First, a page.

The twins ordered the Lords to reveal the burial site of their father and uncle so that they could bring them back to life. The Lords revealed that they were buried under the floor of the ball court, which by extension represents the earth’s surface. The boys exhumed the corpses and prepared a magic ritual that brought both of them back to life. At this point there is a significant event: the twins asked their father and uncle the names of various parts of the body, and they could not identify some of them. This passage seems to indicate that they were from a former race and that even their physical forms were different, perhaps lacking some of the physical or mental capacities that had evolved since their demise. At this point the hero twins decided that their ancestors were not fit to live in the current world, but being deities of their own race, they were reburied with great respect, and the twins built a temple so they could be properly worshipped.
As soon as the temple was completed on the floor of the ball court, the Tree of the World erupted from the bowels of Xibalba, breaking through the ball court floor, pushing Xibalba down with its roots, pushing the sky above the world of matter with its branches, and leaving the world of matter between the Underworld and the Heavens. Cha-Chan, the flat heavens, was no more, as the third dimension was born from that creation. Now there were different regions — spiritual, material, and underworld — connected only through the World Tree whose roots are in the Underworld, its branches in the world of matter, and its crown in the spiritual realm of the Heavens. The ancestral twin One Hunahpu ascended to become the Sun, while his brother Seven Hunahpu became the Moon.

FALLEN ART feat. Fanfare Ciocarlia


Rilke: Winter Afternoons…

Going Blind
She sat just like the others at the table.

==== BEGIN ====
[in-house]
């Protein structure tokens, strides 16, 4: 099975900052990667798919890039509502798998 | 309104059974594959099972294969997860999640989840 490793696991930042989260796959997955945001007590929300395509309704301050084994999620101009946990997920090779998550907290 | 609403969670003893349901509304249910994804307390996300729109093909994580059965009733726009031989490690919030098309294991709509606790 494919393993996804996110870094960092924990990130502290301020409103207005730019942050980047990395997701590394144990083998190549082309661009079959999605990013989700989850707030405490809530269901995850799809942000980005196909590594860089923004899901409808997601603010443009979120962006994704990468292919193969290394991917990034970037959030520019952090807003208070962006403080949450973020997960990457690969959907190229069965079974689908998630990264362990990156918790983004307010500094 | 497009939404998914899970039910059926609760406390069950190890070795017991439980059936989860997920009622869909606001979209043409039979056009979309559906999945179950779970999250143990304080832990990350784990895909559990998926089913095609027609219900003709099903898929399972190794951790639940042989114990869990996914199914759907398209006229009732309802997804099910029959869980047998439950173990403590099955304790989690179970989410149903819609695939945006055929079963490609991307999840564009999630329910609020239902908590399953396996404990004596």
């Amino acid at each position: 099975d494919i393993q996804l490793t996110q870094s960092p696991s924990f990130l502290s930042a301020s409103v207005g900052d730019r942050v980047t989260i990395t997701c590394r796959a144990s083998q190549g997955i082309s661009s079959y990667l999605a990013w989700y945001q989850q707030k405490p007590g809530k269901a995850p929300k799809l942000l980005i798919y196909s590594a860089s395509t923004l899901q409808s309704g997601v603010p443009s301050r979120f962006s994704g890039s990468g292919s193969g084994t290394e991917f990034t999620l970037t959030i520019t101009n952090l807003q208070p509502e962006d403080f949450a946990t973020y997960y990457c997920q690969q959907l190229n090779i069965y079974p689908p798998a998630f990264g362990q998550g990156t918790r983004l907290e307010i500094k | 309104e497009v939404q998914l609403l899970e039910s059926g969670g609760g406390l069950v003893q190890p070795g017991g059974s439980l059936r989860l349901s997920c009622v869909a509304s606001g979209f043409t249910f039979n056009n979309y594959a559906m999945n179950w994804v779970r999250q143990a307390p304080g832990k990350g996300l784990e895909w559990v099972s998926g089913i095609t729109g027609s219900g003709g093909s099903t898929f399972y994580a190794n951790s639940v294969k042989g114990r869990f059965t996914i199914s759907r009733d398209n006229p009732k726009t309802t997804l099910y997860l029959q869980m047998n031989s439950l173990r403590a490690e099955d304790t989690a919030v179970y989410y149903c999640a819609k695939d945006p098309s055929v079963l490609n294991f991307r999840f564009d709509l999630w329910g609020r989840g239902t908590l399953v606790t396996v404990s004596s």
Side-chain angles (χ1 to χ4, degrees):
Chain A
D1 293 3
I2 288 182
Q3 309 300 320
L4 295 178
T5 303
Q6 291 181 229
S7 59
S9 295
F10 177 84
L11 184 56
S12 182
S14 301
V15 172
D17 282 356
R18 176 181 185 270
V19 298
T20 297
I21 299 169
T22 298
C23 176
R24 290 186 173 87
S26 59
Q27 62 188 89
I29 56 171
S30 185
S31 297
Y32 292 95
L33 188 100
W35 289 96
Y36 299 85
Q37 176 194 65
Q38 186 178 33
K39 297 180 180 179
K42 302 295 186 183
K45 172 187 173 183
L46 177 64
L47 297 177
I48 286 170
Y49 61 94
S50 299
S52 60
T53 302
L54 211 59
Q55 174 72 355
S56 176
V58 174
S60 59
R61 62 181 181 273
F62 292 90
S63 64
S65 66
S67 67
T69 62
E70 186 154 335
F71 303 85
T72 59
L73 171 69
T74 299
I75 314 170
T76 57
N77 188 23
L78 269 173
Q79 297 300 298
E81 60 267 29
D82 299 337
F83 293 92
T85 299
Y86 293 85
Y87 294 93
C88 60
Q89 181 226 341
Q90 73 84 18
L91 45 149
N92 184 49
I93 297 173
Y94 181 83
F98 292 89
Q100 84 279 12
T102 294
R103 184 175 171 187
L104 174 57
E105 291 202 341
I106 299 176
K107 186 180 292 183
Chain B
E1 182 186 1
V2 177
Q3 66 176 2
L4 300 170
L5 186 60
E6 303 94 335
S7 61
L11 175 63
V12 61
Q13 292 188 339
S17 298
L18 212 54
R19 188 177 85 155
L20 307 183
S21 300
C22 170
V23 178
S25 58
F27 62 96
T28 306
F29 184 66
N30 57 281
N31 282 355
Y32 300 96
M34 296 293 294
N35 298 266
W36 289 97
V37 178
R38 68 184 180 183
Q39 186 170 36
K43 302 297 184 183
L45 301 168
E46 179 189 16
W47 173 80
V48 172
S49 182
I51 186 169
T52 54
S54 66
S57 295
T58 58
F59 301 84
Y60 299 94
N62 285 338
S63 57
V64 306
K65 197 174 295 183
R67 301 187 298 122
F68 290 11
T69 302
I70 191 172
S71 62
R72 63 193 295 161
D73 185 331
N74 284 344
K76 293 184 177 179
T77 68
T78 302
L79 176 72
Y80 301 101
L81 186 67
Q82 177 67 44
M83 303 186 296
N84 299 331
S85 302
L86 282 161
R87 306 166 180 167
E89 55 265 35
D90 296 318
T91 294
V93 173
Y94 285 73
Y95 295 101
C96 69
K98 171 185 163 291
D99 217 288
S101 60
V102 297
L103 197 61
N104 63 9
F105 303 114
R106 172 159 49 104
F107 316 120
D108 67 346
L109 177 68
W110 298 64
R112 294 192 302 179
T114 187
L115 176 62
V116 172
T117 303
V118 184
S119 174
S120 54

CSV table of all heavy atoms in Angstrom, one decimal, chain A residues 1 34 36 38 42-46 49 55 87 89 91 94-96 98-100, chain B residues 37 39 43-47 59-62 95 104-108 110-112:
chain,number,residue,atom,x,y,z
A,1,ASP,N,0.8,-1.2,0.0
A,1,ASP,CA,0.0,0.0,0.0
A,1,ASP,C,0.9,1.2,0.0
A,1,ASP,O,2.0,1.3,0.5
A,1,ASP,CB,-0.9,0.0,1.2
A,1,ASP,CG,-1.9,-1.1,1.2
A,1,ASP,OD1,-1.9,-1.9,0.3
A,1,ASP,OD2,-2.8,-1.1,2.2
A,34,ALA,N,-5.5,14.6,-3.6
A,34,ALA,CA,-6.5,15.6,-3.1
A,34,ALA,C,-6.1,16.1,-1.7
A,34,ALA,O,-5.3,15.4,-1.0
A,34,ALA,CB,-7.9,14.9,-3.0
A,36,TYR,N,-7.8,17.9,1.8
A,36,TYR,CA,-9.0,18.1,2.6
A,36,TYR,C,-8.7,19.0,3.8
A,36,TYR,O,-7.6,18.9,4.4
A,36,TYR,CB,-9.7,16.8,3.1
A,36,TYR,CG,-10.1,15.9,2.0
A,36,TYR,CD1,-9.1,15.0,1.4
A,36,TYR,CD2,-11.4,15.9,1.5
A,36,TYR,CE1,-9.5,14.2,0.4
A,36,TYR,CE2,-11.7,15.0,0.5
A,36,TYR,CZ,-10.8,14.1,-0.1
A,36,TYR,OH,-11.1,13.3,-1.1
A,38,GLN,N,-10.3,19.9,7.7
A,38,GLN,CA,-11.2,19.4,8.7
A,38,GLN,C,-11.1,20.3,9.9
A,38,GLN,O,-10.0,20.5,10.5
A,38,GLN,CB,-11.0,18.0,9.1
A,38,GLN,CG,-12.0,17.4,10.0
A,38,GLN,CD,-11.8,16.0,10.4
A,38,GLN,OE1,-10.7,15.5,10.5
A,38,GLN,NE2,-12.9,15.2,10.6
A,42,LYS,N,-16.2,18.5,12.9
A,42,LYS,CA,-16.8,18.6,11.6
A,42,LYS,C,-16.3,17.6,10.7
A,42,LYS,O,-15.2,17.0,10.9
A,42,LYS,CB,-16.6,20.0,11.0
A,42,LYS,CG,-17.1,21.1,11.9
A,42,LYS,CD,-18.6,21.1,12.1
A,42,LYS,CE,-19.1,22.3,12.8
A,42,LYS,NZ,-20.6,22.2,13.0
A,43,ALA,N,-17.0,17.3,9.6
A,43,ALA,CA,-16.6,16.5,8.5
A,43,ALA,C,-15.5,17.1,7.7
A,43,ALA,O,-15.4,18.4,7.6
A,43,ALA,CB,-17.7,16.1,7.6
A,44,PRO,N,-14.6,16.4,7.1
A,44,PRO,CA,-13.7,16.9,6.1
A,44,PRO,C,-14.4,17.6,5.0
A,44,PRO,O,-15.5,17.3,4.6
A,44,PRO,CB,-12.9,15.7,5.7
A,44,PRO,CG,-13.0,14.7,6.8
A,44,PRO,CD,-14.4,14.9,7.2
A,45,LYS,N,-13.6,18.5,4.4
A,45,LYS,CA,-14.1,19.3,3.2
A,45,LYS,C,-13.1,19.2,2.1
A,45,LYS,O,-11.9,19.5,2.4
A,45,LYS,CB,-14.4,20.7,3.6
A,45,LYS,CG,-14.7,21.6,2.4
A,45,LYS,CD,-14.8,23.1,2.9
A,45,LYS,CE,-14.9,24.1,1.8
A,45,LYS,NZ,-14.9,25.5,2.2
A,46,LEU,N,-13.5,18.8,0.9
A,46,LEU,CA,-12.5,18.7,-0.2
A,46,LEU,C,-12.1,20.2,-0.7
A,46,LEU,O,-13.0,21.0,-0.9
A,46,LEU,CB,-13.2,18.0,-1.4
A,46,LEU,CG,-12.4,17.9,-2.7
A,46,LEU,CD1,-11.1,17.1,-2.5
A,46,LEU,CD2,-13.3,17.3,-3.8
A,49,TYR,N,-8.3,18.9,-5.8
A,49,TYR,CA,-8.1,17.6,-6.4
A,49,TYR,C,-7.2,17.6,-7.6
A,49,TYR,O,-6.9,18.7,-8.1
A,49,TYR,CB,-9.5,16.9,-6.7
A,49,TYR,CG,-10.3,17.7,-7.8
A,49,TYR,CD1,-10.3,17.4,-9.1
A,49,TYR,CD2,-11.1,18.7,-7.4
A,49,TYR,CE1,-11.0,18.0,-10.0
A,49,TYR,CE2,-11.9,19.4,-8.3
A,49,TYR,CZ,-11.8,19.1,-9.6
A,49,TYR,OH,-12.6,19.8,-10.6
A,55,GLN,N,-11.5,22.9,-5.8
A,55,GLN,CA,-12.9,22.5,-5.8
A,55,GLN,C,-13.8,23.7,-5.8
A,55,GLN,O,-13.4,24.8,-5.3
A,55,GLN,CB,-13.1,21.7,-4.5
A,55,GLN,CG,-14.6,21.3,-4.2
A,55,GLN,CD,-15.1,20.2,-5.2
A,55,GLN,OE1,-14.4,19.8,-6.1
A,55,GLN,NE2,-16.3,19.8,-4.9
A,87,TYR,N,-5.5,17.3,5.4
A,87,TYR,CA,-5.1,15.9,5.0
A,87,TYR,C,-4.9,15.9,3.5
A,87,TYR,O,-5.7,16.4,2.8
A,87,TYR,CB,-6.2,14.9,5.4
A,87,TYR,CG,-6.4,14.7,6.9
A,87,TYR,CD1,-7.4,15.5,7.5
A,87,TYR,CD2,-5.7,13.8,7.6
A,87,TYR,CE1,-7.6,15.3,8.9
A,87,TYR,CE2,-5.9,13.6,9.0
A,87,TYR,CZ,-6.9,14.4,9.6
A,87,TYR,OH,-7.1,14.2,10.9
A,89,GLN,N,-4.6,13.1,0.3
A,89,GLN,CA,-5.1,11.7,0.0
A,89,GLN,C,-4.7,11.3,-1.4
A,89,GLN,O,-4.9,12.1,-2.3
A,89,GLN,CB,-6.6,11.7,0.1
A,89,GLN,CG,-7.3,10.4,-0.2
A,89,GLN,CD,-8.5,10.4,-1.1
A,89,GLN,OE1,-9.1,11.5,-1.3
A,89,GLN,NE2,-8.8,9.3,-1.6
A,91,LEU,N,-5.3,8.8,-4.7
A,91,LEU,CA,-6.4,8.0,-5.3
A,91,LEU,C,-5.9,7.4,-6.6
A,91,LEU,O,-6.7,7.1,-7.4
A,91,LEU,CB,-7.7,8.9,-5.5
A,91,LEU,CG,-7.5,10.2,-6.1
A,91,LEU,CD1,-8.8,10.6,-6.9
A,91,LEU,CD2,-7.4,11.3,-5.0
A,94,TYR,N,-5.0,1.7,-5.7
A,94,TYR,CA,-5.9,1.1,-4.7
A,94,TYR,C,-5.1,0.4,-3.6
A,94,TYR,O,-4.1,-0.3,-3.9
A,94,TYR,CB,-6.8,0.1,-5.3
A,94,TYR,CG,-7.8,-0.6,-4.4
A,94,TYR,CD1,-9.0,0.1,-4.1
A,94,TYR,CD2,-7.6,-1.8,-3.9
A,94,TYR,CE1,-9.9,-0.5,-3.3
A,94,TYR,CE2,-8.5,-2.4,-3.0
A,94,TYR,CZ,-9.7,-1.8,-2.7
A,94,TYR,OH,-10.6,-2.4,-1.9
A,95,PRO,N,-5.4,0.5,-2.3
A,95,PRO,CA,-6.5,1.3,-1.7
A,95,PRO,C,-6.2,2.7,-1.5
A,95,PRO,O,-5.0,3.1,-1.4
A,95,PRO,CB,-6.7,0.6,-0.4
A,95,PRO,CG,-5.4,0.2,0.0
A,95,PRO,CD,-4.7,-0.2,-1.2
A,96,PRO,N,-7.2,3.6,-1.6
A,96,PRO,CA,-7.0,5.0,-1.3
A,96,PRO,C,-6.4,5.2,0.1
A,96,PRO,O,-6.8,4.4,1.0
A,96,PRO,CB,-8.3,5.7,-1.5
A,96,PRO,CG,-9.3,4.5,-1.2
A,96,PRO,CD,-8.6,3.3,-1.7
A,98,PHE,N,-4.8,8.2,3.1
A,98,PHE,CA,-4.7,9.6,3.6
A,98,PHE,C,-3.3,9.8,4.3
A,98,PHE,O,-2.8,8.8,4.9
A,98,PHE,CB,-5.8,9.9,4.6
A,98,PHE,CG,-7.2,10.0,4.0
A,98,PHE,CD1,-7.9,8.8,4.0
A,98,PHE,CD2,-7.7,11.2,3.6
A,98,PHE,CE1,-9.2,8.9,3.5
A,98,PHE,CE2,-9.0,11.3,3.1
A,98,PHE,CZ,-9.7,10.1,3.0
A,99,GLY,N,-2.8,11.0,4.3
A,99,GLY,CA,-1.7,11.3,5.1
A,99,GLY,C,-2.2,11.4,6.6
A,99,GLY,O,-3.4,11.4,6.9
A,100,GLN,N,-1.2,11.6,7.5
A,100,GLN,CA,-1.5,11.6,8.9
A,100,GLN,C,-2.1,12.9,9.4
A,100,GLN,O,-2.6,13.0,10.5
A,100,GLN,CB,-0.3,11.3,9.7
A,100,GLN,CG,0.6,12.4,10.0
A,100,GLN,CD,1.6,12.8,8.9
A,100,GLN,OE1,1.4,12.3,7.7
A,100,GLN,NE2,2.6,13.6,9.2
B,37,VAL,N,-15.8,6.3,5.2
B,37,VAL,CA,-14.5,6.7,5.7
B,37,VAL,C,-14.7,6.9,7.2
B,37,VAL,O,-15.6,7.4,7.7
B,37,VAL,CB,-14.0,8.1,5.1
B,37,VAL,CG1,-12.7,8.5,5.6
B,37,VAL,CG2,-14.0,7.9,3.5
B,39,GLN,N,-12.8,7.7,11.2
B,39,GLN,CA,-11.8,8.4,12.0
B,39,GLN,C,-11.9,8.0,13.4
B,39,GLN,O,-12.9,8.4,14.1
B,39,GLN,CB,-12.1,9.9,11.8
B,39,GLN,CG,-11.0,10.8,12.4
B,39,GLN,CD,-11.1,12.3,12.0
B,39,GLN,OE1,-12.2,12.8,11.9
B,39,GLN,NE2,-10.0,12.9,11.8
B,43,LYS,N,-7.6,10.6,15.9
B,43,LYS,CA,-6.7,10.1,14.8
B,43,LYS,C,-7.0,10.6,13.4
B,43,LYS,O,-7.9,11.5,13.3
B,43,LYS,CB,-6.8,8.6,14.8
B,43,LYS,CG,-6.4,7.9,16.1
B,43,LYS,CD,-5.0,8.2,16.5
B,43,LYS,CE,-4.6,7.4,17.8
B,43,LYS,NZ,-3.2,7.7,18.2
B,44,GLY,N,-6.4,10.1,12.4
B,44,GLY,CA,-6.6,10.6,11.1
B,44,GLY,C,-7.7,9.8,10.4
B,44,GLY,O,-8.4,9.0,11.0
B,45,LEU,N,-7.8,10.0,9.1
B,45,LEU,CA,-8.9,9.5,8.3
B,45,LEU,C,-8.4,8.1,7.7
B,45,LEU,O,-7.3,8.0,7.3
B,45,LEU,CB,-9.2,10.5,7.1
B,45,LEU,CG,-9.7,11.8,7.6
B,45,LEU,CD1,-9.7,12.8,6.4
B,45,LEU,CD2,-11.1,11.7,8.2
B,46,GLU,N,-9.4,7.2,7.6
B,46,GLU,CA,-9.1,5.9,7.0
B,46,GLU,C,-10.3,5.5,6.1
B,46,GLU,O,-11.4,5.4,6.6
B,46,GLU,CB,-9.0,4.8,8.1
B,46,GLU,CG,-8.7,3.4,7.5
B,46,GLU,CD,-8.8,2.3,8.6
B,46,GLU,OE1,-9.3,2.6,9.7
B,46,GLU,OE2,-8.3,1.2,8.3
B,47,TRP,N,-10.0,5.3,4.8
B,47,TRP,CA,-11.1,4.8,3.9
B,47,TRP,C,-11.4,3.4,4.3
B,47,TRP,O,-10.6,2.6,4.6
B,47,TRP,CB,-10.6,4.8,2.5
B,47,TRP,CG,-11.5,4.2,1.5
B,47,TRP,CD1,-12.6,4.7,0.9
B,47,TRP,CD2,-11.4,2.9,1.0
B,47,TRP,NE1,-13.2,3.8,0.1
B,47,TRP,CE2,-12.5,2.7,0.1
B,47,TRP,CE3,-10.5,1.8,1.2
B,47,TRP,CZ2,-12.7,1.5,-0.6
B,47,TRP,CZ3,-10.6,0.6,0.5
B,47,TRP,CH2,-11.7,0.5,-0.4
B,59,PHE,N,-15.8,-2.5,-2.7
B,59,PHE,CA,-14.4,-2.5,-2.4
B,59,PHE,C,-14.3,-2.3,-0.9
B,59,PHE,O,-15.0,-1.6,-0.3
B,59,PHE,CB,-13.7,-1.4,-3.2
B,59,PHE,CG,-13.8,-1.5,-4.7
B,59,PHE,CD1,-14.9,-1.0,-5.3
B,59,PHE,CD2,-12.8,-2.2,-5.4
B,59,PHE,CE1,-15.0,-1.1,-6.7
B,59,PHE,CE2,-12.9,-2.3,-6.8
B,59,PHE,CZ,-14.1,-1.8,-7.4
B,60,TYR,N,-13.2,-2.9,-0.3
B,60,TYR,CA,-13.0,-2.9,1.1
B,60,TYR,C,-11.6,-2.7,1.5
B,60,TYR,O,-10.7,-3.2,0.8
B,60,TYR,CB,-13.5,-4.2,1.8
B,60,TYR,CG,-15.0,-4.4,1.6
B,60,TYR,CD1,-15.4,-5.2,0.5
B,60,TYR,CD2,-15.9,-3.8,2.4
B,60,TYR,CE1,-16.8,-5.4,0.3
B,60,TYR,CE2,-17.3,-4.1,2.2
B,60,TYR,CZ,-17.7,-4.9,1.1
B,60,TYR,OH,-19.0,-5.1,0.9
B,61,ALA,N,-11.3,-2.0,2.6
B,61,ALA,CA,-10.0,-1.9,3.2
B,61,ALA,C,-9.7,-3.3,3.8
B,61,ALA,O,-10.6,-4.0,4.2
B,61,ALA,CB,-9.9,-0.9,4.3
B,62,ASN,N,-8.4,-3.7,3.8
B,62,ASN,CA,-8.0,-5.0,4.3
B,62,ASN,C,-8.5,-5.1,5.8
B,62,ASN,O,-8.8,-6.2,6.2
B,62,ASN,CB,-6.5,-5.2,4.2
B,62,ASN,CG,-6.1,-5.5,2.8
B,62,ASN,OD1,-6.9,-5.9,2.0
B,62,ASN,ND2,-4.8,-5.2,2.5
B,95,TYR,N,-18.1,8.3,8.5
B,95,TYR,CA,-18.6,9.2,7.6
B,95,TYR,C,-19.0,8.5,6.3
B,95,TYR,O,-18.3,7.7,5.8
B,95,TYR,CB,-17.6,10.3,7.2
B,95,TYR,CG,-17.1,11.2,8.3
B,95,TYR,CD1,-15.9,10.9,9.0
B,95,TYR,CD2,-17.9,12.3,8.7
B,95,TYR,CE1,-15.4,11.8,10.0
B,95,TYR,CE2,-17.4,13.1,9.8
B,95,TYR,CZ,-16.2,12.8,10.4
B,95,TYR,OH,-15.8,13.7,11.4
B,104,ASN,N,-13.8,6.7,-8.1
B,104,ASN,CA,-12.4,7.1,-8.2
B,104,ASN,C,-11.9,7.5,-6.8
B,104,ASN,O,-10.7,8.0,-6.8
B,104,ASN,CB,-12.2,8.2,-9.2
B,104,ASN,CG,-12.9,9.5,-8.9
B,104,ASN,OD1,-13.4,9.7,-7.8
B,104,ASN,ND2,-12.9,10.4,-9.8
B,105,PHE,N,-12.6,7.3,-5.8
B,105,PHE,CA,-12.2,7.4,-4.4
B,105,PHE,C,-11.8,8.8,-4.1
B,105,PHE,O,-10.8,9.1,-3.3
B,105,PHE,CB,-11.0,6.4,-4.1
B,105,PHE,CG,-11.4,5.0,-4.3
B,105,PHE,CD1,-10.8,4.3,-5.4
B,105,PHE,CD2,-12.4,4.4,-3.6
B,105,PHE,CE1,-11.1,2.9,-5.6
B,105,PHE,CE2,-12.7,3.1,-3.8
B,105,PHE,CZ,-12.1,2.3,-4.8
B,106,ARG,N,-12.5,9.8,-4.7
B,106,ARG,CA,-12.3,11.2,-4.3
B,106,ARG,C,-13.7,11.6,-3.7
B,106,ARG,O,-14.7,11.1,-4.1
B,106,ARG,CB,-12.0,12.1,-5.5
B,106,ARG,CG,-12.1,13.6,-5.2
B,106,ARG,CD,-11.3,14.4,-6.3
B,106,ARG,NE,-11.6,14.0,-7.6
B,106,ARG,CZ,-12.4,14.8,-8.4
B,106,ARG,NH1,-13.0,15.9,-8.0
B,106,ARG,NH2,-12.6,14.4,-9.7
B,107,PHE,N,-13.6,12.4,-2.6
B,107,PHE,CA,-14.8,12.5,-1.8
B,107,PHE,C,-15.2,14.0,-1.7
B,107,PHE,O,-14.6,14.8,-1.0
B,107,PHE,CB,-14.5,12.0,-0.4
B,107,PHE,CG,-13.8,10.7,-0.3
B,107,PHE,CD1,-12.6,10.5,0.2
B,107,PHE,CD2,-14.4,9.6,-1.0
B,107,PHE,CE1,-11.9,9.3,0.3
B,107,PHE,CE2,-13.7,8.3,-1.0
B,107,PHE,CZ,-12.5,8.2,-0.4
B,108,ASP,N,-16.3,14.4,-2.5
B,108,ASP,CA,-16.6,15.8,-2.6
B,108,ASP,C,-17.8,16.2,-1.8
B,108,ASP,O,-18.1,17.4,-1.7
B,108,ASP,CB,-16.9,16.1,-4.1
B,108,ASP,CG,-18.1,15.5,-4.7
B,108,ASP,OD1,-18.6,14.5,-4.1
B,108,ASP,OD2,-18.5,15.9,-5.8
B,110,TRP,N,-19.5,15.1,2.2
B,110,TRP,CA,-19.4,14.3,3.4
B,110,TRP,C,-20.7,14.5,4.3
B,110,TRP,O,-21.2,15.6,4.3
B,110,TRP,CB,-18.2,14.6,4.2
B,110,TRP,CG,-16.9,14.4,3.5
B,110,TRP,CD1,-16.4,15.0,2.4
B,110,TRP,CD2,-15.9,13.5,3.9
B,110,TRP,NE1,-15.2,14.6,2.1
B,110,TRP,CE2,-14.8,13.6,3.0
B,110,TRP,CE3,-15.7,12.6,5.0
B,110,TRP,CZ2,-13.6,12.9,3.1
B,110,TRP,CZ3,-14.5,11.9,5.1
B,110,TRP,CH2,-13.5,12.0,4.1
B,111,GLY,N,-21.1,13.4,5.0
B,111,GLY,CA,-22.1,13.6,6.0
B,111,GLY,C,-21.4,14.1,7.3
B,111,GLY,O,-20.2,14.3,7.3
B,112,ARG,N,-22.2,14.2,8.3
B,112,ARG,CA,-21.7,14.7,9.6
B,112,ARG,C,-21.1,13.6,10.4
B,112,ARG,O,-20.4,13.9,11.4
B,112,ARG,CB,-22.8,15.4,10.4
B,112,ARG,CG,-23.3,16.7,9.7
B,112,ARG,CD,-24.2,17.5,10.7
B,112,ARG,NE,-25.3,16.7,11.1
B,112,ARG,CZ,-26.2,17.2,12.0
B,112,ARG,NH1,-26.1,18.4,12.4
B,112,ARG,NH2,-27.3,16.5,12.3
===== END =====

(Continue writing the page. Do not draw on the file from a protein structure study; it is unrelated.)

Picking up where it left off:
But on second glance, she seemed to hold her cup

a little differently as she picked it up.

She smiled once. It was almost painful.
And when they finished and it was time to stand

and slowly, as chance selected them, they left

and moved through many rooms (they talked and laughed),

I saw her. She was moving far behind
the others, absorbed, like someone who will soon

have to sing before a large assembly;

upon her eyes, which were radiant with joy,

light played as on the surface of a pool.
She followed slowly, taking a long time,

as though there were some obstacle in the way;

and yet: as though, once it was overcome,

she would be beyond all walking, and would fly.


Night. O you whose countenance, dissolved

in deepness, hovers above my face.

You who are the heaviest counterweight

to my astounding contemplation.
Night, that trembles as reflected in my eyes,

but in itself strong;

inexhaustible creation, dominant,

enduring beyond the earth’s endurance;
Night, full of newly created stars that leave

trails of fire streaming from their seams

as they soar in inaudible adventure

through interstellar space:
how, overshadowed by your all-embracing vastness,

I appear minute!—

Yet, being one with the ever more darkening earth,

I dare to be in you.

How my body blooms from every vein

more fragrantly, since you appeard to me;

look, I walk slimmer now and straighter,

and all you do is wait-:who are you then?
Look: I feel how I’m moving away,

how I’m shedding my old life, leaf by leaf.

Only your smile spreads like sheer stars

over you and, soon now, over me.
Whatever shines through my childhood years

still nameless and gleaming like water,

I will name after you at the altar,

which is blazing brightly from your hair

and braided gently with your breasts.

What Survives
Who says that all must vanish?

Who knows, perhaps the flight

of the bird you wound remains,

and perhaps flowers survive

caresses in us, in their ground.
It isn’t the gesture that lasts,

but it dresses you again in gold

armor -from breast to knees-

and the battle was so pure

an Angel wears it after you.

Tom Middleton – “Shinkansen”



“The modern picture of the artist began to form: The poor, but free spirit, plebeian but aspiring only to be classless, to cut himself forever free from the bonds of the greedy bourgeoisie, to be whatever the fat burghers feared most, to cross the line wherever they drew it, to look at the world in a way they couldn’t see, to be high, live low, stay young forever — in short, to be the bohemian.”